• Couldn't stand the reworked final scene - effectively the epilogue - with Laurie, Dan, and Momma Jupiter. The novel ending was much more effective to me.

  • Worst part of the film for me - Dan's scream at the destruction of Rorschach in the snow. Instead, the novel allowed this to happen with only Rorschach screaming at Dr Manhattan, no witnesses, no observers. Manhattan and his new-found humanity (or at least respect for humanity) has to take a life to save the billions that he has allowed to be saved. Nite-Owl and Silk Specter are off on the fur rug in Ozymandias's hideaway, holding each other and searching for any feelings other than what they currently had.

    The screaming of Nite-Owl just rings false to me. He may not have come to the conclusion as quickly as Dr Manhattan and Ozymandias - that Rorschach has to die because he is the only person who simply cannot be trusted to stay silent - but his scream seemed wildly out of character for a man who seems to recognize his place in the world. Placing him at the scene of the final crime lessens his reaction to it, making him an actor, screaming and then beating Veidt rather than taking in his final - and ironic - act of impotence in the face of a plan that has turned out to be immensely larger than he, that he has been unable to affect in any way, and that saw him as such a small part that Ozymandias didn't even plan for a way to neutralize Nite-Owl or Silk Specter.

    In the end, they simply didn't matter even one whit to Adrian Veidt or to Dr Manhattan. The gods stood over both Specter and Nite-Owl and planned the fate of the world.
The movie was a fine adaptation. The impossible novel was filmed, the impossible movie made.

And I have no idea if we are, in any way at all, the better for it.

If this turns a few people to the original novel, that might be worthwhile, maybe...but the movie held, in the end, absolutely none of the gravitas or revolution of the novel for me.

If anybody does end up reading the novel because of an interest in the movie, please take the novel once through on your own. Allow yourself to discover the interweavings of the plots at Moore's pace. Eventually, however, come back to the book with the annotations at hand because there is far more in the pages than most of us would ever find without a few pointers.


andrew said...

It got me to start reading the book, at any rate.

Katydid said...

I agree with all of those points, although I do think it's a better film than the first two Harry Potters.

And bringing the kiddies, wow. I saw some inappropriate stuff young, but not because my parents took me to see it on purpose. I feel that they may be scarred for life.

joey said...

agree on all counts. i hated telling my parents (or anyone else for that matter, they just come to mind) how i liked the movie because a.) I'm a fairly vocal fan of the book and b.) I thought from immediately after reading it for the first time that it could never be made into an effective movie. It's just too big, physically, emotionally, metaphorically, and every other -ically to be crammed into a 2 or 3 hour movie

That being said, I think that Snyder did it about as good as if not better than I could have imagined.

But it's still not a classic IMDB top-100 caliber, in my opinion. The book is an IBDB (fake, but you get the point) top 10.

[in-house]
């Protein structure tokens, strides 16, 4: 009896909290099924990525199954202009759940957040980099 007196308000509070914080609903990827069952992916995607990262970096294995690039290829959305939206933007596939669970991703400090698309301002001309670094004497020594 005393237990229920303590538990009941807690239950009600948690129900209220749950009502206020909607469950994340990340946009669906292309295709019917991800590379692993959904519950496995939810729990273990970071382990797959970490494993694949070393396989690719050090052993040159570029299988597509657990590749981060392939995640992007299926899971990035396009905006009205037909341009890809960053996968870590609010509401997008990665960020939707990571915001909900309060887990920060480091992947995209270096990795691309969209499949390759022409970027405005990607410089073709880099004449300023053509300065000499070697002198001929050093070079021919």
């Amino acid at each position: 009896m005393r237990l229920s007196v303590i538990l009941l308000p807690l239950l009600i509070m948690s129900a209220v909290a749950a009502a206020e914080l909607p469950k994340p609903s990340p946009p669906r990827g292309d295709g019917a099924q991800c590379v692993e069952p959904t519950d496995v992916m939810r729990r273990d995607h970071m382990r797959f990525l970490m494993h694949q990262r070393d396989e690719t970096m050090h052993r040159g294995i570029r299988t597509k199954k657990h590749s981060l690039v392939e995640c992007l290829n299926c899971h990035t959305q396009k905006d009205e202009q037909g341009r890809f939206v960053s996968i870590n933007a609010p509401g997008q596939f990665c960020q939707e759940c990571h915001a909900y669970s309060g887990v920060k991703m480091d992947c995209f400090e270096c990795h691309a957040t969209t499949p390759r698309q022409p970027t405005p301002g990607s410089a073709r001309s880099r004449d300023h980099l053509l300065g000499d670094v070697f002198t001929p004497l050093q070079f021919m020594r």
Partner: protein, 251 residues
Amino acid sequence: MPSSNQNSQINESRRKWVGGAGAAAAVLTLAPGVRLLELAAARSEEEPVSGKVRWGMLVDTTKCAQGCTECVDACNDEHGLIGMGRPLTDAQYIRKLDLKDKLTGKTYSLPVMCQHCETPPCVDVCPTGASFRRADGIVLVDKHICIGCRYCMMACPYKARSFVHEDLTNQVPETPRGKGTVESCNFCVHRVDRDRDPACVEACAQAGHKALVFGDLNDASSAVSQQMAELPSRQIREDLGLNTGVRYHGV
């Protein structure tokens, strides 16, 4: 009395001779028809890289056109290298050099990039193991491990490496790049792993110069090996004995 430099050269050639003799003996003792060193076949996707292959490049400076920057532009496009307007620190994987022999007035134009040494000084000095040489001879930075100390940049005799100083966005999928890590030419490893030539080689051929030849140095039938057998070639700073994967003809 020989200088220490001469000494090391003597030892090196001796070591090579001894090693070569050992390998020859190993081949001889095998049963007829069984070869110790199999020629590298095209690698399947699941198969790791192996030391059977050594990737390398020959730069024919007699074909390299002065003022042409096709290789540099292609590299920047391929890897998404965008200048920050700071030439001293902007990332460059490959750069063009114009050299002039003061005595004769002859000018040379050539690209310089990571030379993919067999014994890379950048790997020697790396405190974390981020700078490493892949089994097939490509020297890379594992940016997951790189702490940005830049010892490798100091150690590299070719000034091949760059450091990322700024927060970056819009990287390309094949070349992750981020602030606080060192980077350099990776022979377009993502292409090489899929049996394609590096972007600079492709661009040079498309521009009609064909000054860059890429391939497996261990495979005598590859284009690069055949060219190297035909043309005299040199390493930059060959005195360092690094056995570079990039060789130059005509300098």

DanEcht said...

I agree with most everything. I thought (and the guys I saw it with) that it probably deserved an NC-17 rating. I also enjoyed the choice of Dylan for the backstory at the beginning, which I thought was well done. The movie as a whole was both overlong and yet cut some parts too short; I'm going to stop talking before I repeat just about everything you said.

Mr. Echt said...

The smoking was removed because of concerns from the studio, not Snyder's decision. Which means that the flame thing makes Laurie look idiotic. There were maybe four kids in the audience when I went, which shocked me a little. The music choices were a kind of slap in the face, but I really like the Simon & Garfunkel song during the funeral. I plan to see the movie again this weekend, because I have friends who want to, but I found myself distracted at points searching the backgrounds of the film for easter eggs. You could look at is this way: The film production allowed for some pretty cool high-quality action figures.

PHSChemGuy said...

Andrew - then that's I said, read through it the first time without worrying about catching everything. I even read through it the first time skipping most of the text pieces. Then, after you've picked your jaw off of the floor, give it another try - eventually with the annotations, because it's amazingly dense.

Katydid - yeah, the kids should clearly not have been in the theater with the adults. This one's far darker than even the Dark Knight, and that was kid-unfriendly enough. The sex scene aboard Archie was uncomfortable enough as an adult.

Joey - I understand the reluctance to tell people that I didn't like the movie all that much because I'm a big proponent of the book, and I don't want to say that I didn't like the movie in case it steers folks away from the book.

I agree that Snyder did about as well as could be managed by any director. It's a hard nut to crack, and he did a respectable job. I still didn't enjoy it very much.

Dan - The opening credits were easily the strongest part of the film. Snyder nailed that - and the choice of Dylan there was also spot on perfect.

Mr Echt - yeah, but the action figures that we get won't be the regular costumes. I read recently that the action figures will be made to match the film, not the comic. So there's that little crime being committed.

Anonymous said...

I enjoyed the movie, but glad it only cost $5. I thought I'd read the graphic novel afterwards, but the movie really didn't make me interested. I just don't think it's my cup of tea, I like my DC/Marvel superheroes.